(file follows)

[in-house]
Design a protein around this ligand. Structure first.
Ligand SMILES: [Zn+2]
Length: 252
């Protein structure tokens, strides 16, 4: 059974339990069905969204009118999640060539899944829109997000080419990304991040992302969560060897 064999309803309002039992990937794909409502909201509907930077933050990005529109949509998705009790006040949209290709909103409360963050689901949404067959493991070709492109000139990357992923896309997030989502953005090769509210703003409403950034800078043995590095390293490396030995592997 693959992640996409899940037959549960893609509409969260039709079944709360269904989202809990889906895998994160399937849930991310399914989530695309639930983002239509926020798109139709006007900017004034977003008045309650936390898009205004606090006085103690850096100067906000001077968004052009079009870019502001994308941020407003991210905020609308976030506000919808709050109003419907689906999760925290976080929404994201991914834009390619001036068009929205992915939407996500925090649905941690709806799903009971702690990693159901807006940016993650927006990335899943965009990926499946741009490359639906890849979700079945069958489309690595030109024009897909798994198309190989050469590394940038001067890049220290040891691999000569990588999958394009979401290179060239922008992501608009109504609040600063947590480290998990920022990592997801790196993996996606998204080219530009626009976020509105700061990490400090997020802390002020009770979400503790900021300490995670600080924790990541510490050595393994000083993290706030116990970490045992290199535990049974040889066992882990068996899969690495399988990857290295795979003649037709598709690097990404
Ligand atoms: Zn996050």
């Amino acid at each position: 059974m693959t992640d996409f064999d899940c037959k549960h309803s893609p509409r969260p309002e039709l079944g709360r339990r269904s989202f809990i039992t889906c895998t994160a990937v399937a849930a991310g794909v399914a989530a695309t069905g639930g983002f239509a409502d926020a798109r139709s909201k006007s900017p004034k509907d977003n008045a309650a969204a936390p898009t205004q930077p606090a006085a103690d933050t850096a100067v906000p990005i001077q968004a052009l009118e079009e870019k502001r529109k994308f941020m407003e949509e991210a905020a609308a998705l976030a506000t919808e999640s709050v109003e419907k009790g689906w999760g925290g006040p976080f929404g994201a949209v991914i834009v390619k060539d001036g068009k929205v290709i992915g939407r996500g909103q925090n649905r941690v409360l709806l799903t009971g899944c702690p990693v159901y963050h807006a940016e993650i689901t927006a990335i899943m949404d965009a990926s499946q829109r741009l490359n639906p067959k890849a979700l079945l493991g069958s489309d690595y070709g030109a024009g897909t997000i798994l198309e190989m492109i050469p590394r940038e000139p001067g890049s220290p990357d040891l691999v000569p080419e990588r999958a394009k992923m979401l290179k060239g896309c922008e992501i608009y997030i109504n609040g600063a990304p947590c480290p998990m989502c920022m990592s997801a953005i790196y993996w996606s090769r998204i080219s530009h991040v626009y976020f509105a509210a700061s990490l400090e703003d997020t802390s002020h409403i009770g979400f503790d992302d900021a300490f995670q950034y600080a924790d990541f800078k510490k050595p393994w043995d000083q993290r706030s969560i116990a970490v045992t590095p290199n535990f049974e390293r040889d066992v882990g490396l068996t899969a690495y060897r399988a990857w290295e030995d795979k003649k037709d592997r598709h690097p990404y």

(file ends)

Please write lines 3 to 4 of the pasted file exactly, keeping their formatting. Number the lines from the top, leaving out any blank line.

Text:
Ligand SMILES: [Zn+2]
Length: 252